A new bushfire lab in Canberra will help firefighters deal with Australia’s escalating bushfire threat.
The CSIRO lab unveiled this week is home to a 29-metre long Pyrotron — an artificial tunnel-like environment where researchers can light fires to better understand how they behave under different conditions.
The data will then be used to refine predictive models authorities use during events like the devastating Black Summer blazes of 2019 and 2020.
The $2.1 million facility also boasts a vertical wind tunnel to study the physics of spot fires, which are responsible for the loss of most homes in Australia.
The lab will build on about 70 years of CSIRO bushfire research that has historically relied on experimental fires lit in natural bush settings.
Such field experiments are not without risk and are impossible when fire conditions are at their most dangerous.
The Pyrotron provides a safe solution to test any combination of variables including wind speed, fuel type and load, and moisture content to determine what fires will do.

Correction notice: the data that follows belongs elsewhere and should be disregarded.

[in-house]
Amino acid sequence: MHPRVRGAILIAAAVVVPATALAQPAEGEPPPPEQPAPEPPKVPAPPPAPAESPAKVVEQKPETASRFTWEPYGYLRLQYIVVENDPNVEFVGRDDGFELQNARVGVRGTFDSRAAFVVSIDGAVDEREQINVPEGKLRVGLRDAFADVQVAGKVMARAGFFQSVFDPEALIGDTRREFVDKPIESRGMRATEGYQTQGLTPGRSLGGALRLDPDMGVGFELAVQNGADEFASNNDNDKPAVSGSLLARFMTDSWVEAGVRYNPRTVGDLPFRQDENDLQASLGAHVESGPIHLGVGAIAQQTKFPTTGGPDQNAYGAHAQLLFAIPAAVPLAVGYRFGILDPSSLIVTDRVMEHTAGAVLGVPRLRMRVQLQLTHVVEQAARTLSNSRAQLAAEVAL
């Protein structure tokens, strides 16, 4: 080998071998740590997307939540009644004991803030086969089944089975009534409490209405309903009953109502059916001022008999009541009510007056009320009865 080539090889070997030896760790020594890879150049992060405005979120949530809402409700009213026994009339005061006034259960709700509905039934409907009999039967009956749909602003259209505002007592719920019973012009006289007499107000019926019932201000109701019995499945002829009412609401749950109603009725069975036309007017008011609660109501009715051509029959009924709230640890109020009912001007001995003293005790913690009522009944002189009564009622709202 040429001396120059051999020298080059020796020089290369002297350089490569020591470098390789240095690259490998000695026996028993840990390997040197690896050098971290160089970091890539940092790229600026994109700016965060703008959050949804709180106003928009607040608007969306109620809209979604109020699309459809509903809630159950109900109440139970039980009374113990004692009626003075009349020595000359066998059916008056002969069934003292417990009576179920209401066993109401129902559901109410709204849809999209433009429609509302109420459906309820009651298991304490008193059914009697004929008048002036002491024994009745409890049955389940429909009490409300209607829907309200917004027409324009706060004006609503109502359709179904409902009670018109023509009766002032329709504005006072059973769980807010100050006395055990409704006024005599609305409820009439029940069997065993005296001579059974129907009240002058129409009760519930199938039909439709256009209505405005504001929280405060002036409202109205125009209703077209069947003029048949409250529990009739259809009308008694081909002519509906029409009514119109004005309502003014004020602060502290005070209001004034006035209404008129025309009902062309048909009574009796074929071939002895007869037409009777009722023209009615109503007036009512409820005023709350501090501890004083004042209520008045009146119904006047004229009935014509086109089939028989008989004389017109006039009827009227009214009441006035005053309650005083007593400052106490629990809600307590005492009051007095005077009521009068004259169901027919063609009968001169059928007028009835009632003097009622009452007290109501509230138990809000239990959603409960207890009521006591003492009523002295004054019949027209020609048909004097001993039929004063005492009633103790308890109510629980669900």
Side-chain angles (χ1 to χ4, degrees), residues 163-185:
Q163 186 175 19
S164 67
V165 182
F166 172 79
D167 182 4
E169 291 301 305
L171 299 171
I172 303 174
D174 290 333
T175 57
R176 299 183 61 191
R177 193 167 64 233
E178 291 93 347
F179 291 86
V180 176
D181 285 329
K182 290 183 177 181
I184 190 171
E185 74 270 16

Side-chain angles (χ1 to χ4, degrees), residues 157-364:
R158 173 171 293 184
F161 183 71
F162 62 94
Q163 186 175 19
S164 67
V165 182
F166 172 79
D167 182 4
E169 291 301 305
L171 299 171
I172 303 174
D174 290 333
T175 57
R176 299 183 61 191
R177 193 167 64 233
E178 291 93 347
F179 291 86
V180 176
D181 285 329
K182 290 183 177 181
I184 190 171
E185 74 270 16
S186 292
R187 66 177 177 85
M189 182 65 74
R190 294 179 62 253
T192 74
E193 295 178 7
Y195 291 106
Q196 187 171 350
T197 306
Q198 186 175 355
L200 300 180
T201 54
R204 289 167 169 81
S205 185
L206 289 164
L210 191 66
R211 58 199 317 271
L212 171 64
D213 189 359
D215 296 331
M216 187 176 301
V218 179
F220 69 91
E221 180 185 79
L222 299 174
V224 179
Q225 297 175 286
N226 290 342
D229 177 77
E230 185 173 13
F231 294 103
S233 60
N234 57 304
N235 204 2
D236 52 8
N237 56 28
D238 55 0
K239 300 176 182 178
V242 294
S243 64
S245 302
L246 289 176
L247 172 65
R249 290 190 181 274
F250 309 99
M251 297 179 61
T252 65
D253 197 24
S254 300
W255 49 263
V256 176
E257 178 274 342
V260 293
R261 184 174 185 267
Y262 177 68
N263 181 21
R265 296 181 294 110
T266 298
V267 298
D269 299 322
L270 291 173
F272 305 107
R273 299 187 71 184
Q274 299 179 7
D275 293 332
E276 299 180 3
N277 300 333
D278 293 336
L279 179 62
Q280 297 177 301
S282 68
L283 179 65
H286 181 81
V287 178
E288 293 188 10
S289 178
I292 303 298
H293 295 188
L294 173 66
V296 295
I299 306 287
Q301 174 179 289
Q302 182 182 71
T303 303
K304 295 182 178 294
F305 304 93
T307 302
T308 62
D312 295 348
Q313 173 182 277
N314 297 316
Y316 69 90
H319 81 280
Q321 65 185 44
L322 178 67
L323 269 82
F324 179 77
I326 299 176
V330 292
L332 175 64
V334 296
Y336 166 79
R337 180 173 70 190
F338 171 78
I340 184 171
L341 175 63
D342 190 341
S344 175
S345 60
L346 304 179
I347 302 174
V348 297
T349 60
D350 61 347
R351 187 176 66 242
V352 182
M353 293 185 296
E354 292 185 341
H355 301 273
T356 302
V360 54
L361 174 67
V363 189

“We certainly have had very limited capability to conduct experimental fires under extreme conditions,” bushfire behaviour expert Andrew Sullivan says.
“Nobody in their right mind is going to give us the go-ahead to light a fire on a Black Saturday type day.
“This lab means we’ll be able to study particular aspects of fire behaviour under the extreme conditions that are more likely to occur under climate change.”
ACT Rural Fire Service chief Rohan Scott says the lab is a bit like having a crystal ball.
“By using the data collected by the Pyrotron, our prediction tools become more accurate,” he says.
And that means better decision making about where firefighters can safely go, what fire fighting strategies to use, and also improved emergency warnings for communities.
The lab is located at the CSIRO Black Mountain campus in Canberra.